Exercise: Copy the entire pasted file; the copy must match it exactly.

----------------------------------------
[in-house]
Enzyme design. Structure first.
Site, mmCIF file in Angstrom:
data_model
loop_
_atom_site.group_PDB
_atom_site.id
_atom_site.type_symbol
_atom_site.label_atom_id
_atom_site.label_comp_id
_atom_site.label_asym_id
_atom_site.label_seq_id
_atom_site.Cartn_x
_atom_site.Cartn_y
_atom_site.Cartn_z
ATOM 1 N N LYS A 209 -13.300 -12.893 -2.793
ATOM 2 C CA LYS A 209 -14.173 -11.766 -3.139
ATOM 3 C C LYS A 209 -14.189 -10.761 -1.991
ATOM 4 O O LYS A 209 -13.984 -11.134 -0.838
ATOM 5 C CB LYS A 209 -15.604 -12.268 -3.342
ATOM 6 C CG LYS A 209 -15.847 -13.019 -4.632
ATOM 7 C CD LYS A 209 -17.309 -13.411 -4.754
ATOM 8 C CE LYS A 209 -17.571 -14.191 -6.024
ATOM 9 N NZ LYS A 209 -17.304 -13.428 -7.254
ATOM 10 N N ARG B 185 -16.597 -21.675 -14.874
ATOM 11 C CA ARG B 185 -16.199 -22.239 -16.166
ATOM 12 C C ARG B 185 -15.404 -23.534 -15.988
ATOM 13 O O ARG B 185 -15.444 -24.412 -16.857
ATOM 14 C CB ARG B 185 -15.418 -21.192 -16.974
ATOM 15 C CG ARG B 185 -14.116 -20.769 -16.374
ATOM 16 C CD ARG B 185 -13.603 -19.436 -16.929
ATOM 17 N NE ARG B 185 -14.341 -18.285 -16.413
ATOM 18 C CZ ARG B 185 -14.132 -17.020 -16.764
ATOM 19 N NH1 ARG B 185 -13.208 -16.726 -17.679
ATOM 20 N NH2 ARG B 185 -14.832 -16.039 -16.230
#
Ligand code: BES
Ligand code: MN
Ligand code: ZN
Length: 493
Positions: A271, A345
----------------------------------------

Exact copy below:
[in-house]
Enzyme design. Structure first.
Site, mmCIF file in Angstrom:
data_model
loop_
_atom_site.group_PDB
_atom_site.id
_atom_site.type_symbol
_atom_site.label_atom_id
_atom_site.label_comp_id
_atom_site.label_asym_id
_atom_site.label_seq_id
_atom_site.Cartn_x
_atom_site.Cartn_y
_atom_site.Cartn_z
ATOM 1 N N LYS A 209 -13.300 -12.893 -2.793
ATOM 2 C CA LYS A 209 -14.173 -11.766 -3.139
ATOM 3 C C LYS A 209 -14.189 -10.761 -1.991
ATOM 4 O O LYS A 209 -13.984 -11.134 -0.838
ATOM 5 C CB LYS A 209 -15.604 -12.268 -3.342
ATOM 6 C CG LYS A 209 -15.847 -13.019 -4.632
ATOM 7 C CD LYS A 209 -17.309 -13.411 -4.754
ATOM 8 C CE LYS A 209 -17.571 -14.191 -6.024
ATOM 9 N NZ LYS A 209 -17.304 -13.428 -7.254
ATOM 10 N N ARG B 185 -16.597 -21.675 -14.874
ATOM 11 C CA ARG B 185 -16.199 -22.239 -16.166
ATOM 12 C C ARG B 185 -15.404 -23.534 -15.988
ATOM 13 O O ARG B 185 -15.444 -24.412 -16.857
ATOM 14 C CB ARG B 185 -15.418 -21.192 -16.974
ATOM 15 C CG ARG B 185 -14.116 -20.769 -16.374
ATOM 16 C CD ARG B 185 -13.603 -19.436 -16.929
ATOM 17 N NE ARG B 185 -14.341 -18.285 -16.413
ATOM 18 C CZ ARG B 185 -14.132 -17.020 -16.764
ATOM 19 N NH1 ARG B 185 -13.208 -16.726 -17.679
ATOM 20 N NH2 ARG B 185 -14.832 -16.039 -16.230
#
Ligand code: BES
Ligand code: MN
Ligand code: ZN
Length: 493
Positions: A271, A345